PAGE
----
Non-existent Korean-clone story? Horrible fetch quests? Autotargeting? Shoddy crafting? Actually no, those aren’t that big a deal for me – or for most people, for that matter. My peeves are entirely different:
1) Unfriendly user Interface.
If there’s one thing the tons of Korean and Chinese MMORPGs get it right, it’s the UI. For the love of Chulhu, the UI is how the player interacts with the game. Why on earth can’t developers devote some time to making it simple, fast and easy to understand? Quite a lot of games have turned me off simply because of their downright terrible HUDs. Rift. Shin Megami Tensei.
In the very least, a user interface should support robust customization. Different players have different senses of design and usability, and everything should be intuitive right out of the box. GW2, i’m looking at you here…yes, Guild Wars 2, with its inventory that isn’t mapped to the “I” key by default and the stupid F1, F2, F3, F4 set that has to be remapped.
2) Single-player story
It’s a multipayer game. Scratch that. It’s a massively multiplayer game. So why the hell are we treated to lame into stories like “You are the chosen one! You will save the cheerleader! You will save the world!” and then thrust into a playerbase of some millions told the exact same things? WTF? Why not a “We” perspective for a change?
Developers, if you’re determined to keep that “I” perspective, hear me out: at least don’t make it look like this one player is the sole hope of the world. Make them an explorer. Make them a wandering scholar. Make them a warrior seeking to carve a name on the battlefield.
It’s just a bit of text, but it matters. The more realistic it feels, the more immersed we players get, right off the bat. GW2, Dungeons and Dragons Online and Neverwinter do this backstory game very well.
3) Poor mob AI
If you think the AI in <enter you favourite MMO here> is great, go play a little-known MMORPG called Ryzom. It’s almost dead: there are very few players there, but the world is up and running. Go there. You can watch as predators track and kill prey. Occasionally entire herds of herbivores migrate from here to there. Of course, animals make their own sounds and you can hear them – all round you.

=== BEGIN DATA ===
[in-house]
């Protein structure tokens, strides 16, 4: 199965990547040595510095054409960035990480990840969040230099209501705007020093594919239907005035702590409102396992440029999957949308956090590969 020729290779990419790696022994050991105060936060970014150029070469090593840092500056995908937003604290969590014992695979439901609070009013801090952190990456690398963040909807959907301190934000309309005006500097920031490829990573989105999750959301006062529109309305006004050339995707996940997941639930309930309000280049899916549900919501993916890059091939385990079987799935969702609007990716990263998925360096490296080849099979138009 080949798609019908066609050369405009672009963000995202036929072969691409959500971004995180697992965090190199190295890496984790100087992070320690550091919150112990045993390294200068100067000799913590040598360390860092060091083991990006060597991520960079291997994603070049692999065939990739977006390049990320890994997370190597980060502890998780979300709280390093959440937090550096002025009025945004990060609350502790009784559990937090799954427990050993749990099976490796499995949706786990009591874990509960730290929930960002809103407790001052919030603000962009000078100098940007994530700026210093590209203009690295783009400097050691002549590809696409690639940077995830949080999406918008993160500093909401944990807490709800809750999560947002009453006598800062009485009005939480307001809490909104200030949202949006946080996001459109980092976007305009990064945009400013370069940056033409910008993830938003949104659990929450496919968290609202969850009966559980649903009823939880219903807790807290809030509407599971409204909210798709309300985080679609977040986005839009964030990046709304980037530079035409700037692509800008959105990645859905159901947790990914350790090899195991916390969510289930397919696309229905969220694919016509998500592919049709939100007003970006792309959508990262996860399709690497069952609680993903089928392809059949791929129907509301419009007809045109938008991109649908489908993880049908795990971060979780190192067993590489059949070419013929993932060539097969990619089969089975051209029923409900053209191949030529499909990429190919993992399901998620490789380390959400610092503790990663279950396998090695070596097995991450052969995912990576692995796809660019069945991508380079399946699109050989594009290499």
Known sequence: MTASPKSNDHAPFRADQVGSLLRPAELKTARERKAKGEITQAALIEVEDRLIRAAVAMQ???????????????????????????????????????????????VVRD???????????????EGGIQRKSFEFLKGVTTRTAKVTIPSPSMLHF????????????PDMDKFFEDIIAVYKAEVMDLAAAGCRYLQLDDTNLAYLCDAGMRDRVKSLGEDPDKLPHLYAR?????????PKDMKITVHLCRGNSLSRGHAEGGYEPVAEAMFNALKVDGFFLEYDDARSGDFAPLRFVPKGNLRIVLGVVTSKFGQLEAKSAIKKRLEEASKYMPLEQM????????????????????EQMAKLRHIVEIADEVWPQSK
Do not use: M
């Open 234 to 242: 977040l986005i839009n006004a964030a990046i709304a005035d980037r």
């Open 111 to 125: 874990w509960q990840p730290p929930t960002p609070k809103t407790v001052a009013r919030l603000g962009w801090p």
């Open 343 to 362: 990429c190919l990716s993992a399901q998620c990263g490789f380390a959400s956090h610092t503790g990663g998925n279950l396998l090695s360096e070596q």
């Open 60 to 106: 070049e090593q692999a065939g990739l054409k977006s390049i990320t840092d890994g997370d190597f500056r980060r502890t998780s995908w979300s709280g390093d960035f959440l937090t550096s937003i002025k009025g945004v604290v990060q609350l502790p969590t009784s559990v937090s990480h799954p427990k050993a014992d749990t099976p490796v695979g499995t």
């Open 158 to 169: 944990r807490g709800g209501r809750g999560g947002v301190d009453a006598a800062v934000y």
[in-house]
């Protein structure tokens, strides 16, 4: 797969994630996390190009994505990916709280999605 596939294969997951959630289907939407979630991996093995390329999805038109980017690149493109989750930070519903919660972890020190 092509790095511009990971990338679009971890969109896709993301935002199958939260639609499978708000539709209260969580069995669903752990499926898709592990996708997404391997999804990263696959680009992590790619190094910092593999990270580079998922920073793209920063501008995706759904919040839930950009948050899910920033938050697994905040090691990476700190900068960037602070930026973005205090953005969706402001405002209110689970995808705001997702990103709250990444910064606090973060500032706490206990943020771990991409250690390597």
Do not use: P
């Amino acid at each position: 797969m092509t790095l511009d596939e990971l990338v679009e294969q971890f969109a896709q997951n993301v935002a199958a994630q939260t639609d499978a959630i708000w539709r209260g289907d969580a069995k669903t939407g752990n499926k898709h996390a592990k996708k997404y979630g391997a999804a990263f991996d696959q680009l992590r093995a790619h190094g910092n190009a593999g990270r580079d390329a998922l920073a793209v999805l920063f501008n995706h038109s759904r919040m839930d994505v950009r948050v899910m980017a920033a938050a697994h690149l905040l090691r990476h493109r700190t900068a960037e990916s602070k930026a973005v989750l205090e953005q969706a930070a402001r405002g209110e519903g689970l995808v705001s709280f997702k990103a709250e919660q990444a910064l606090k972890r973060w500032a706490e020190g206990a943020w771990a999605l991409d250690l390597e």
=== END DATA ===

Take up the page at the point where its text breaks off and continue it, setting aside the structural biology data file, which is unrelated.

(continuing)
Now THAT’S DECENT AI. It’s not fabulous. It’s not realistic to the point where it becomes ridiculously difficult to code or play against. But it adds a better sense of immersiveness.
Now I’m generally okay with most mob AI. Eden Eternal, for example, had some great world bosses and dungeon monsters running around that were a treat to hunt, fight and figure out. But quite a lot of MMOs fall into the trap of having mob AI that’s about as responsive as the average potato. We expect a challenge, not a bunch of vegetables.
4) No love for the clerics
The cleric is one of the most important classes in a group. Why then, are so many cleric classes an absolute pain to play? 90% of the time, a cleric is the hardest, most boring class to level up. You have no useful DPS skills like the other classes: alone, it takes ages to do a bit of solo questing.
The obvious answer – find a party – is terrible: it infers that the cleric is basically a piece of furniture for everybody else to lug around. You end up bearing the responsibility of keeping everyone alive while also being one of the most underpowered characters in existence.
Not to mention you’re basically cannon fodder in PvP, unless the game is built in such a way as the make a cleric build viable (EE: halkin cleric with crits).
GW2 gets around this rather neatly by eliminating a dedicated healer class. For those games that do have clerics, things should change a bit. Perhaps the exp rate should be adjusted: perhaps cleric heal spells could actually damage enemies when cast upon them. Perhaps, instead of a sack of buffs, clerics in general could be a proper utility class: AOE stuns, armor breakdowns, the like. Or, here’s something even better: make the clerics the tanks and give the warriors the utility and damage. They heal, don’t they? Stands to reason they can do Wolverine moments of their own.
4) Generic townspeople
Okay, it’s a town. The whole purpose is to get players together and have some NPCs on the fringe selling services. That said, it wouldn’t hurt to vary NPC models a bit from town to town. In fact, it helps a lot. Throw in a name, a little bit of flair or action, to create some kind of connection?
Here’s a list I found of some of the most memorable NPCs. Now, let’s not hold the legions of F2P MMOs to these rare standards, but http://www.onrpg.com/articles/top-5-most-memorable-npcs-in-rpgs/
5) Uninhabited starter areas.
Unless your content is heavily instanced and/or on-par with Dragon Age or somesuch, it’s bad to see an empty starter area.
It’s really bad. People should see, right off the bat, that there are other players in the damn game. There are games that successfully pull off an empty starter area (Path of Exile, Neverwinter, Rift) but they’re in the minority: most starter zones just feel like areas that were meant to hold a lot more people, but they just got bored and upped and left.
It’s a given that players move on to fresh content, especially in themepark MMOs. So why put the starter area in a zone that’s likely to be as a empty as hell in the next few months? Guild Wars 2, I’m looking at you here. Why not think ahead and put it in a major city? Or, as Rift does it, smack in the middle of an active battlefield?